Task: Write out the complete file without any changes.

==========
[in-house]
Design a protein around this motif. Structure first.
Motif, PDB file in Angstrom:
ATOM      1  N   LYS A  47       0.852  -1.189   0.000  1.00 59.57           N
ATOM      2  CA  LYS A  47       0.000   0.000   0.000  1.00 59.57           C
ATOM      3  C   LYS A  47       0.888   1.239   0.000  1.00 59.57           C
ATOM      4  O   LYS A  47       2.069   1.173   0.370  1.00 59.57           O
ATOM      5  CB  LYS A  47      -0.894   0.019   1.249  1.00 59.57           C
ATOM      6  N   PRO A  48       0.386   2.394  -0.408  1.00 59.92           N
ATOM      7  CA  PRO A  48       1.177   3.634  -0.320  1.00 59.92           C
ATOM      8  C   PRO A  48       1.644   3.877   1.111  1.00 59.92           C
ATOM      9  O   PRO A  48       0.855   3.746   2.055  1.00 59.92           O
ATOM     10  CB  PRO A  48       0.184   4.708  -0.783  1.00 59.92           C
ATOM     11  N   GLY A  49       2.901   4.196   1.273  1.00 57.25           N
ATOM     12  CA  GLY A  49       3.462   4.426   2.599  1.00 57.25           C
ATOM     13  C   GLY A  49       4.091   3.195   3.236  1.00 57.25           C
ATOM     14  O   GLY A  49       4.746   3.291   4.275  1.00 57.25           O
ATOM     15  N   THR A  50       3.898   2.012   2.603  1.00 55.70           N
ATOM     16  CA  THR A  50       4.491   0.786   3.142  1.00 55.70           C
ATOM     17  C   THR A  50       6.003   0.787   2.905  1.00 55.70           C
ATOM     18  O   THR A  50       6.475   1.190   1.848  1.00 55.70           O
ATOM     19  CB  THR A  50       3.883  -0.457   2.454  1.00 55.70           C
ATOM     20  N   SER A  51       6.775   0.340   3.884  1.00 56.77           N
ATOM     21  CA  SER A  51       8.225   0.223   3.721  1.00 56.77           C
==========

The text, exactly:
[in-house]
Design a protein around this motif. Structure first.
Motif, PDB file in Angstrom:
ATOM      1  N   LYS A  47       0.852  -1.189   0.000  1.00 59.57           N
ATOM      2  CA  LYS A  47       0.000   0.000   0.000  1.00 59.57           C
ATOM      3  C   LYS A  47       0.888   1.239   0.000  1.00 59.57           C
ATOM      4  O   LYS A  47       2.069   1.173   0.370  1.00 59.57           O
ATOM      5  CB  LYS A  47      -0.894   0.019   1.249  1.00 59.57           C
ATOM      6  N   PRO A  48       0.386   2.394  -0.408  1.00 59.92           N
ATOM      7  CA  PRO A  48       1.177   3.634  -0.320  1.00 59.92           C
ATOM      8  C   PRO A  48       1.644   3.877   1.111  1.00 59.92           C
ATOM      9  O   PRO A  48       0.855   3.746   2.055  1.00 59.92           O
ATOM     10  CB  PRO A  48       0.184   4.708  -0.783  1.00 59.92           C
ATOM     11  N   GLY A  49       2.901   4.196   1.273  1.00 57.25           N
ATOM     12  CA  GLY A  49       3.462   4.426   2.599  1.00 57.25           C
ATOM     13  C   GLY A  49       4.091   3.195   3.236  1.00 57.25           C
ATOM     14  O   GLY A  49       4.746   3.291   4.275  1.00 57.25           O
ATOM     15  N   THR A  50       3.898   2.012   2.603  1.00 55.70           N
ATOM     16  CA  THR A  50       4.491   0.786   3.142  1.00 55.70           C
ATOM     17  C   THR A  50       6.003   0.787   2.905  1.00 55.70           C
ATOM     18  O   THR A  50       6.475   1.190   1.848  1.00 55.70           O
ATOM     19  CB  THR A  50       3.883  -0.457   2.454  1.00 55.70           C
ATOM     20  N   SER A  51       6.775   0.340   3.884  1.00 56.77           N
ATOM     21  CA  SER A  51       8.225   0.223   3.721  1.00 56.77           C